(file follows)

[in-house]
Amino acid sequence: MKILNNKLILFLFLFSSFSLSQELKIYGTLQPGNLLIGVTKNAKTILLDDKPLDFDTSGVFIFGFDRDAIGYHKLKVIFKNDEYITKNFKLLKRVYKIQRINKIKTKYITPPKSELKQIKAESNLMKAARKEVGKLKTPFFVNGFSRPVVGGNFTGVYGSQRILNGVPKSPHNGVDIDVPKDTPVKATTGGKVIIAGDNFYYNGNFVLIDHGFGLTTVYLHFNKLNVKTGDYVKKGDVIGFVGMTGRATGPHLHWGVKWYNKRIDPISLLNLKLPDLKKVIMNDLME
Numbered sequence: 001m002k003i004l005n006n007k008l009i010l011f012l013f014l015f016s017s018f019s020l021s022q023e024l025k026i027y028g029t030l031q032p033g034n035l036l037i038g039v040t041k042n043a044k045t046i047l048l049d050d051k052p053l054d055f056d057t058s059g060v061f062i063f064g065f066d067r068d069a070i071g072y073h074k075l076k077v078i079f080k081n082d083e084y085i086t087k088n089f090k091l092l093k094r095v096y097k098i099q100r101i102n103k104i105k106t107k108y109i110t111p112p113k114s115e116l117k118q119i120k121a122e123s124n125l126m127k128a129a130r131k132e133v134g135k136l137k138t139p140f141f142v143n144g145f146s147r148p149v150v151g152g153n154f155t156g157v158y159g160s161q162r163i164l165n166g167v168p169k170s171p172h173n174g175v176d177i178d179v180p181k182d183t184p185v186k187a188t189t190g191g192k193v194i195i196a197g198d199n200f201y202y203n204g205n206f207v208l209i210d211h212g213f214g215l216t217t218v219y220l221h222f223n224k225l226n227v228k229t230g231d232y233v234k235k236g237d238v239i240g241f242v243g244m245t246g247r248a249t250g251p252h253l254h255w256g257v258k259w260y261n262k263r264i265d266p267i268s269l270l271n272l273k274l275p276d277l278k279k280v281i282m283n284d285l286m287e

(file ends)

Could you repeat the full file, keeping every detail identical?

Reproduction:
[in-house]
Amino acid sequence: MKILNNKLILFLFLFSSFSLSQELKIYGTLQPGNLLIGVTKNAKTILLDDKPLDFDTSGVFIFGFDRDAIGYHKLKVIFKNDEYITKNFKLLKRVYKIQRINKIKTKYITPPKSELKQIKAESNLMKAARKEVGKLKTPFFVNGFSRPVVGGNFTGVYGSQRILNGVPKSPHNGVDIDVPKDTPVKATTGGKVIIAGDNFYYNGNFVLIDHGFGLTTVYLHFNKLNVKTGDYVKKGDVIGFVGMTGRATGPHLHWGVKWYNKRIDPISLLNLKLPDLKKVIMNDLME
Numbered sequence: 001m002k003i004l005n006n007k008l009i010l011f012l013f014l015f016s017s018f019s020l021s022q023e024l025k026i027y028g029t030l031q032p033g034n035l036l037i038g039v040t041k042n043a044k045t046i047l048l049d050d051k052p053l054d055f056d057t058s059g060v061f062i063f064g065f066d067r068d069a070i071g072y073h074k075l076k077v078i079f080k081n082d083e084y085i086t087k088n089f090k091l092l093k094r095v096y097k098i099q100r101i102n103k104i105k106t107k108y109i110t111p112p113k114s115e116l117k118q119i120k121a122e123s124n125l126m127k128a129a130r131k132e133v134g135k136l137k138t139p140f141f142v143n144g145f146s147r148p149v150v151g152g153n154f155t156g157v158y159g160s161q162r163i164l165n166g167v168p169k170s171p172h173n174g175v176d177i178d179v180p181k182d183t184p185v186k187a188t189t190g191g192k193v194i195i196a197g198d199n200f201y202y203n204g205n206f207v208l209i210d211h212g213f214g215l216t217t218v219y220l221h222f223n224k225l226n227v228k229t230g231d232y233v234k235k236g237d238v239i240g241f242v243g244m245t246g247r248a249t250g251p252h253l254h255w256g257v258k259w260y261n262k263r264i265d266p267i268s269l270l271n272l273k274l275p276d277l278k279k280v281i282m283n284d285l286m287e